Apologies to AC1997, but my reply turned into a diary. There is a lot of snark here, it's not aimed at you, it's just because I'm snarky.
Brian's mentioned Bill Simmon's article about PEDs and its natural extension into college recruiting. Whenever a school, Ole Miss in this case, gets a recruiting windfall, illicit or otherwise, or has a sustained run of success at the top, like USC, lots of folks question whether or not the success is legitimate. Then, they openly speculate, often using terms like "U$C" or "Ole Mi$$," (AC1997 did not do this) why no one sheds light on the violations. Here's my take as to why really big recruiting violations rarely come to light.
First, let's set the scenario. Phil Philbert is a five star dual-threat QB from Springfield. Instead of staying home to play for Local U (LU), he instead goes to Football University (FU), which is on the other side of the country. LU fans cry foul and demand justice, but no one sheds light on why Phil was seen leaving town in a new Maserati.
In this scenario, I think there are three ways Phil and FU get caught:
- NCAA investigation.
- Concerned insider tells all.
- Investigative journalism.
First, we all know the NCAA isn't out to discover recruiting violations. If the NCAA is a part of a police force, its job is that of a detective. In other words, they here about something bad and investigate to determine what happened and who is responsible. This detective would be taking many of its calls from cops on the beat. The only problem is, there aren't any paid cops on the beat. If the NCAA and its members wanted that, there would be paid staff at FBS schools "patrolling." No one involved really wants that. Therefore, the NCAA is waiting by the phone for options 2 and 3 to call before starting an investigation.
The most obvious person to call the NCAA would be the concerned insider. They would have first-hand knowledge of the situation and could steer the NCAA toward FU's egregious violations. The problem is, who are these insiders with direct knowledge? The parties with direct knowledge are:
- Phil's parents.
- Phil's high school coach.
- FU's coach.
- The deep pocketed booster who bought the Maserati.
- The bagman.
None of these people has any incentive to talk. Phil and his family got a free car (or cash) and don't want to go to jail for not paying taxes on the gift. Phil's coach can't tattle or he gets fired and his high school becomes persona non grata in recruiting circles. FU's coach doesn't want a show cause penalty or to lose his buyout. The booster and the bagman love FU too much to tell. Anyone else who talks has circumstantial evidence unless Phil (or the bagman) is dumb enough to talk about their nefarious deed into a microphone.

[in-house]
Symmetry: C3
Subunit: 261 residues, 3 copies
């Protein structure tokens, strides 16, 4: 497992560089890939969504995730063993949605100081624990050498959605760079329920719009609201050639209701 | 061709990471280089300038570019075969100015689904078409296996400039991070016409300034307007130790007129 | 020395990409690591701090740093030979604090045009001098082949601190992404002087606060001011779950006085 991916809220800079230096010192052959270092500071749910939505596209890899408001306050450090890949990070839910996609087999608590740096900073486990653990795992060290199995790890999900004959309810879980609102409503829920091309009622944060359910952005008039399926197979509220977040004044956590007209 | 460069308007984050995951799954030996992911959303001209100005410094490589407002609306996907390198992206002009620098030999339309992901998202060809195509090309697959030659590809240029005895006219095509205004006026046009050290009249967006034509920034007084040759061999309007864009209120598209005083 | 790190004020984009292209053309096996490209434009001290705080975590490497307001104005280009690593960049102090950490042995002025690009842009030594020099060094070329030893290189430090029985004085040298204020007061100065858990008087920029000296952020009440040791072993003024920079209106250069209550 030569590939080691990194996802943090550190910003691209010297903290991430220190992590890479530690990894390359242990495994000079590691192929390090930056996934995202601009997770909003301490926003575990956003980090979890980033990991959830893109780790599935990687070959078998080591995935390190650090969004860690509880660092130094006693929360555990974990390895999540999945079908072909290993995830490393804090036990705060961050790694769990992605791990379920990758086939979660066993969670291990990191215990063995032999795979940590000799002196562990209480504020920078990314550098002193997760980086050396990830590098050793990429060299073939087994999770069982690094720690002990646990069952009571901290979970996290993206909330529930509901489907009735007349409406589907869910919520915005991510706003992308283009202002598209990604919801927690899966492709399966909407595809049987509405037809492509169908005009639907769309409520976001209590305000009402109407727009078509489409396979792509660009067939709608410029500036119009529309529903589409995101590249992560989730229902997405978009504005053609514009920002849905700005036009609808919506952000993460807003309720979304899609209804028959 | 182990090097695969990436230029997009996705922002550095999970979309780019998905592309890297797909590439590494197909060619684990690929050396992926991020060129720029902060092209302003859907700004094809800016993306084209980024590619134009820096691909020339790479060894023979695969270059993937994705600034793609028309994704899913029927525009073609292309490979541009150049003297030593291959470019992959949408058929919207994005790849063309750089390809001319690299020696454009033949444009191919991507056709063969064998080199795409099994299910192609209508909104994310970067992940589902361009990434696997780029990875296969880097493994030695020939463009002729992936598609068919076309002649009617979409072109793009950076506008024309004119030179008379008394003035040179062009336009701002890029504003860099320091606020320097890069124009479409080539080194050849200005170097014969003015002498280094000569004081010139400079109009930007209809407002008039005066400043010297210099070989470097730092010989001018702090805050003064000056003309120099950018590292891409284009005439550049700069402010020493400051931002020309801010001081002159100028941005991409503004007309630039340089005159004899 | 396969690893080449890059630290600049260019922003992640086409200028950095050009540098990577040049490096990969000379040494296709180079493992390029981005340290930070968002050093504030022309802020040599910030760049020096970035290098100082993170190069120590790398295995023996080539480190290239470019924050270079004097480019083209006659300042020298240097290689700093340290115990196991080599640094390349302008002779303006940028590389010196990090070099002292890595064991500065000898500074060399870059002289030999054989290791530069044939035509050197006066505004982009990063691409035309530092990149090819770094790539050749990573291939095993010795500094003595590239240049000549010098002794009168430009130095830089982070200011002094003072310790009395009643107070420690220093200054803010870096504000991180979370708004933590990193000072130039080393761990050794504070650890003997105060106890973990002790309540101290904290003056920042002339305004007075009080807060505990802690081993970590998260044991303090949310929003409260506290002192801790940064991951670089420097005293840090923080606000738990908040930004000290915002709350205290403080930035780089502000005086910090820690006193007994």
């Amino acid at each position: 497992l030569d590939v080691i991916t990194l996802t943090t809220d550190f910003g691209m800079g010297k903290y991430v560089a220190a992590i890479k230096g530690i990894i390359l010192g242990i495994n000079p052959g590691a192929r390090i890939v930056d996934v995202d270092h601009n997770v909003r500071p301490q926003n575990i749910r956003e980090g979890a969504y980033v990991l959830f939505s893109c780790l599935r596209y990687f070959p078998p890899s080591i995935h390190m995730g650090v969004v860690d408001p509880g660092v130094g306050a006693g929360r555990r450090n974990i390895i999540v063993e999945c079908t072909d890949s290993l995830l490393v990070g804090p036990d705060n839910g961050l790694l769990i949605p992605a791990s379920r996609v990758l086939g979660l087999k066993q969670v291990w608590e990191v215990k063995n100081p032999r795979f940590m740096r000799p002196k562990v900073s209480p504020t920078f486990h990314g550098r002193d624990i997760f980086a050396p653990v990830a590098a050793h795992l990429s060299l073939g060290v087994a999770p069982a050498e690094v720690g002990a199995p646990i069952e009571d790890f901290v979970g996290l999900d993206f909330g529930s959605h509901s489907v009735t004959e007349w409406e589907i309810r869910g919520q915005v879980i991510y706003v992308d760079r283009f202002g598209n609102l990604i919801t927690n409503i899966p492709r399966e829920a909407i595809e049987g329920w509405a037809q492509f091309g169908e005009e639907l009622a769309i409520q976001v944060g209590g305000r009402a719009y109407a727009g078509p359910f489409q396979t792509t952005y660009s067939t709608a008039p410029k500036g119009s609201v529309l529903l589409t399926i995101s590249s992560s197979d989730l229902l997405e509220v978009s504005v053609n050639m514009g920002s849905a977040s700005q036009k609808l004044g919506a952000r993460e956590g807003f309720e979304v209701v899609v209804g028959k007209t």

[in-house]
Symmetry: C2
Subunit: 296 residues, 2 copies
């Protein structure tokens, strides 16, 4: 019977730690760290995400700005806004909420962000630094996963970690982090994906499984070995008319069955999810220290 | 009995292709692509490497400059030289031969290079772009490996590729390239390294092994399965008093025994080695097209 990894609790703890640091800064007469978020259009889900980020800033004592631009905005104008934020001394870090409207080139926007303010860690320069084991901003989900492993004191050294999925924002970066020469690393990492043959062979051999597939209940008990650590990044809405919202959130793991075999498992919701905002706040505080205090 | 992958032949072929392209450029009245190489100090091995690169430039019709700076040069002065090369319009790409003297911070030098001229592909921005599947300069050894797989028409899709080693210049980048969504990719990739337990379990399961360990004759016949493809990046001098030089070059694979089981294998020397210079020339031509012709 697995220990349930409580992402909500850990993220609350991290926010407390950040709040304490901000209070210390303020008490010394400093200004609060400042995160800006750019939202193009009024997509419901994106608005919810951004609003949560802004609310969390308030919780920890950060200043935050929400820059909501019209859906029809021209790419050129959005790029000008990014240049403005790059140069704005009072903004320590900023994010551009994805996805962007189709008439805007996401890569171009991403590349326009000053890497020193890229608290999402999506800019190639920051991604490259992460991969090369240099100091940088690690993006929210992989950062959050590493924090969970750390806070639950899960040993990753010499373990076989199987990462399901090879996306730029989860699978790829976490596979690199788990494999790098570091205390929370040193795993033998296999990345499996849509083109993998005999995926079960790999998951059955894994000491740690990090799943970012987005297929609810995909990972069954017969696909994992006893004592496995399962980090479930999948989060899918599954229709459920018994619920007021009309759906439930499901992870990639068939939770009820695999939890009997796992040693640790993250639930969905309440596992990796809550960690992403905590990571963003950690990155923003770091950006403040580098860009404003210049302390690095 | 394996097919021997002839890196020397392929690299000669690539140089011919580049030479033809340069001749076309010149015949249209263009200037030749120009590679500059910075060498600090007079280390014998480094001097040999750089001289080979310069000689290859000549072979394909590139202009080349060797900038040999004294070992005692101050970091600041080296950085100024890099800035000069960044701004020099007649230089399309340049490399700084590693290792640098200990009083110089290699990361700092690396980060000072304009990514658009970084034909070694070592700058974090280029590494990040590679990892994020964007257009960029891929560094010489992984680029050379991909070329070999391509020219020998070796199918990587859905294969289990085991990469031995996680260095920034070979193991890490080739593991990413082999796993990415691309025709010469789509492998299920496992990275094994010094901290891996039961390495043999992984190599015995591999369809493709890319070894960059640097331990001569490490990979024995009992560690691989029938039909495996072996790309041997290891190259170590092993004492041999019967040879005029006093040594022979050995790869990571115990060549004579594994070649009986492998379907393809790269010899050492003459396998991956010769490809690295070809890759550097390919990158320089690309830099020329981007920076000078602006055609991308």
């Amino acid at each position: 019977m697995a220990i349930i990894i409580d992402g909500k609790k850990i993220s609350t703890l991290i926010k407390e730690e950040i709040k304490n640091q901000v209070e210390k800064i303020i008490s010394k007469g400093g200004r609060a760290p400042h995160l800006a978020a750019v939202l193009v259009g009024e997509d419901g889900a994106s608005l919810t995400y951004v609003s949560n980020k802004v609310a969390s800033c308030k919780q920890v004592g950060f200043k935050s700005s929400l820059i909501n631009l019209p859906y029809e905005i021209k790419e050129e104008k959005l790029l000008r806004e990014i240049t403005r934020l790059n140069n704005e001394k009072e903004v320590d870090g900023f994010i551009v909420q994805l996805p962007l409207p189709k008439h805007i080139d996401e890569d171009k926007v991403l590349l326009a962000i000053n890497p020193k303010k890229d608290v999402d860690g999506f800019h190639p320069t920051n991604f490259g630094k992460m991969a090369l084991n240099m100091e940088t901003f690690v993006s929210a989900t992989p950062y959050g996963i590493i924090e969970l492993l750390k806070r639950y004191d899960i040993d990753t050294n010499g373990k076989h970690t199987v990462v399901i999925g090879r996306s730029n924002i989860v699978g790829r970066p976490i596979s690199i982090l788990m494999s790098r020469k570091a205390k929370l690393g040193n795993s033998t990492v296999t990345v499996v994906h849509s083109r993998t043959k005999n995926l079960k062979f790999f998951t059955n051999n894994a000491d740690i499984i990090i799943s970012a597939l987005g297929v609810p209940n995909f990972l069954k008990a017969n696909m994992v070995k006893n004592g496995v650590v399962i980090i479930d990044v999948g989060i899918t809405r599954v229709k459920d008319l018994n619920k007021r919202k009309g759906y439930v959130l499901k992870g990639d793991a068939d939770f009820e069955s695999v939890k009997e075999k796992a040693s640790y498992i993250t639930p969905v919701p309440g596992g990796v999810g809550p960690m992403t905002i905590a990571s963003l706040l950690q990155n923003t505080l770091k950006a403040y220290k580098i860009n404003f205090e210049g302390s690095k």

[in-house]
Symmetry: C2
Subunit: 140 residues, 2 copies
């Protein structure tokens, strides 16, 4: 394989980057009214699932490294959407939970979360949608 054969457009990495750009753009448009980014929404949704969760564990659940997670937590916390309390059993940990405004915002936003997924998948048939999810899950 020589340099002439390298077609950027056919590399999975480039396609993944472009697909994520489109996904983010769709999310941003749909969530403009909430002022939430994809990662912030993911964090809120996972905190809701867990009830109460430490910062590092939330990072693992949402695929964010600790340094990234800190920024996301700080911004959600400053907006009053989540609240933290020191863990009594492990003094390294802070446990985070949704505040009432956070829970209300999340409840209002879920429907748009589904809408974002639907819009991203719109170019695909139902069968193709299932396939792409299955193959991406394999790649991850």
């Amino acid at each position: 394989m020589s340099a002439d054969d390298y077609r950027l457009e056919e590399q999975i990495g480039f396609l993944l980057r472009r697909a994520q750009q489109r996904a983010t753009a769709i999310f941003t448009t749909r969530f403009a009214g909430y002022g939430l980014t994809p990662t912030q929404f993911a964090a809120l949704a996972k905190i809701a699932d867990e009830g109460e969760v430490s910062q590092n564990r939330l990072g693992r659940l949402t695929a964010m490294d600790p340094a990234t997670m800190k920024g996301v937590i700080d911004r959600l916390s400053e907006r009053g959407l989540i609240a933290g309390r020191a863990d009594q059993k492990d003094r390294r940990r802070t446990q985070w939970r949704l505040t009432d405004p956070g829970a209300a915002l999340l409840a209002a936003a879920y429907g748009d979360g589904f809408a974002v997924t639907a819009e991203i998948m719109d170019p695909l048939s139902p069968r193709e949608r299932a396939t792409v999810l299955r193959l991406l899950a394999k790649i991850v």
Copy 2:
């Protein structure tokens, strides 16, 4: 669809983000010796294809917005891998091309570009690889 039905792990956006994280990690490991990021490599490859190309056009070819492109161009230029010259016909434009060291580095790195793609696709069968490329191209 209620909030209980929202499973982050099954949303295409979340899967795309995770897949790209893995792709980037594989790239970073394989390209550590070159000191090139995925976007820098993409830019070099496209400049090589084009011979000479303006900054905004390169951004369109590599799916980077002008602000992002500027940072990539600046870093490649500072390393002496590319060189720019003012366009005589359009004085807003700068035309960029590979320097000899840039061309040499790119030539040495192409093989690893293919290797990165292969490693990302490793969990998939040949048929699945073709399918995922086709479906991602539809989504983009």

That basically leaves investigative journalism. However, there are serious problems with developing these types of stories. Even disregarding the lack of actual journalists who have the skill and tenacity to run down these types of stories, they still have to get someone to talk. That's really hard. Additionally, which news outlet would run the story? The most obvious one is LU's home paper. However, LU's home paper probably isn't doing very well right now and is likely devoting their investigative stories (if there are any) to things like crime, serious corruption, or serious societal issues. FU's home paper is definitely out. Papers struggle for readers as it is, they don't need to anger their subscriber base by getting FU in a bunch of trouble.
That basically leaves Charles Robinson at Yahoo! and a few other journalists at big-time news organizations who have the time and organizational backing to do this type of work. I heard an interview with Robinson a year or two ago. In it, he basically said he has a bunch of Nevin Shapiro / Miami stories in the works at any time, but journalistic standards of prohibit him from publishing until he can get credible on-the-record conversations and / or a lot of verifiable evidence. Again, that's really hard to come by given the few people with insider knowledge and their lack of incentive to talk.
This is one guy's opinion as to why serious recruiting violations don't come to light very often. They're hard to find and hard to verify. Furthermore, I don't believe much really serious stuff actually happens anymore. It's too easy for someone to Tweet a picture of himself holding a stack of cash and add "loving FU right now, LOL." Cheating today is an incredibly short-sighted tactic that can't go on long. It would be impossible for wholesale, SMU-style cheating, to be kept quiet, just like it was then.